Remembering The Great John Thompson Jr.
John Thompson Jr., who led Georgetown to national prominence beginning with a dominant run in the 1980s, has passed away at age 78.
Thompson's family revealed the news in a statement via Georgetown Athletics.
Georgetown won the 1984 NCAA Tournament under Thompson, who became the first Black coach to win a national championship and the first Black coach to win a title across all major sports.
With his signature white towel draped over his shoulder, Thompson coached the Hoyas from 1972 through 1999, amassing a record of 596-239.
Under his tutelage, in addition to winning the national title in '84, Georgetown made 20 NCAA tournament runs, appeared in three Final Fours, and won seven Big East regular season titles.
He also coached the U.S. men's basketball team to Olympic bronze in 1988.
Despite all of his accomplishments on the court, Thompson's legacy beyond the game was, and is, arguably more impactful. FS1 analyst Rob Parker, who covered Big East basketball in the late '80s for the New York Daily News, touched on Thompson's influence.
“We lost a giant in sports, a father figure who not only cared about college basketball but all the kids, too. He personified the real coach-player relationship. He only wanted what was best for the player. He was honest and selfless. That big man will be missed by many.”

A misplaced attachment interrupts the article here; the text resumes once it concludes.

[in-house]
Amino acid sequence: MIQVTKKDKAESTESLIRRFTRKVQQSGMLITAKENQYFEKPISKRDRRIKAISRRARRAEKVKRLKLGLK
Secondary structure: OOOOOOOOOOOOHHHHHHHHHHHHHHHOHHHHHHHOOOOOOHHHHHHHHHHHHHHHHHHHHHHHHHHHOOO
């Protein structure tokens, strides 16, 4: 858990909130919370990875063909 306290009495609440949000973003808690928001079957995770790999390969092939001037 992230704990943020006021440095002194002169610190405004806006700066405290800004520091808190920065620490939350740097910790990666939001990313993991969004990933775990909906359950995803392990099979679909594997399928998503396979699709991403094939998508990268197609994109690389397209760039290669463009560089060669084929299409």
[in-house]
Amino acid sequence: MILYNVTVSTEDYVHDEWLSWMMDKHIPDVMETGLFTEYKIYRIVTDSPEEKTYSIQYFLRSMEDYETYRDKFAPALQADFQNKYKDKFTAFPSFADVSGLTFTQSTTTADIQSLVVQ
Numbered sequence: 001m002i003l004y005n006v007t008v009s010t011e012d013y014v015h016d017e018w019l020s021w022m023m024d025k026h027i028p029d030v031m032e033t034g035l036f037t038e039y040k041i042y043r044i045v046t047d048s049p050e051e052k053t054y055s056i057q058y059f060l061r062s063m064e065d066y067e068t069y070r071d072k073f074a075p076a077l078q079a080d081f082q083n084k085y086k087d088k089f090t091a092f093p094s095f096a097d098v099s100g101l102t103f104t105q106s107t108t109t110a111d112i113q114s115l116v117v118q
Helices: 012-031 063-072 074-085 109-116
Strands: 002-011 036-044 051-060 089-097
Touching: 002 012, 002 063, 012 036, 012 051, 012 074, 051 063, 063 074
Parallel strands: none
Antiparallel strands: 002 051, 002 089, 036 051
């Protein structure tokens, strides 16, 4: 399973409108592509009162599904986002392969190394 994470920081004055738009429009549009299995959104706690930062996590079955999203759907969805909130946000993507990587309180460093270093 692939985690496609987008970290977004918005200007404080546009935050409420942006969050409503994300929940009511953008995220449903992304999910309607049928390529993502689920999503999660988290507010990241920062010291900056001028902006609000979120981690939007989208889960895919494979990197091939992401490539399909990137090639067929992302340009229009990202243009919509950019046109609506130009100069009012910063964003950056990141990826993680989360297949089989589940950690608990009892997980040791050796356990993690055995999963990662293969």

FOX Sports NBA analyst Chris Brossard echoed Parker's comments:
“Thompson built men, not just basketball players; he overcame systemic obstacles, not just opponents. He won — and helped others win — the game of life, not just a national championship.”
While Patrick Ewing is widely considered the best Hoya that Thompson ever recruited, perhaps the player that best showcased Thompson's impact as a coach and a man is Allen Iverson.
At Iverson's 2016 Basketball Hall of Fame induction ceremony, the Philadelphia 76ers icon recalled his road to Georgetown and shed more light on how Thompson saved his life.
ESPN's Michael Wilbon, who covered Georgetown basketball when Thompson was recruiting Ewing, said Thompson became a fixture in his life beyond the world of sports.
"I didn't play college basketball, and yet he was everywhere in my own life."
Numerous other players, coaches and commentators offered their memories of Thompson on Monday morning.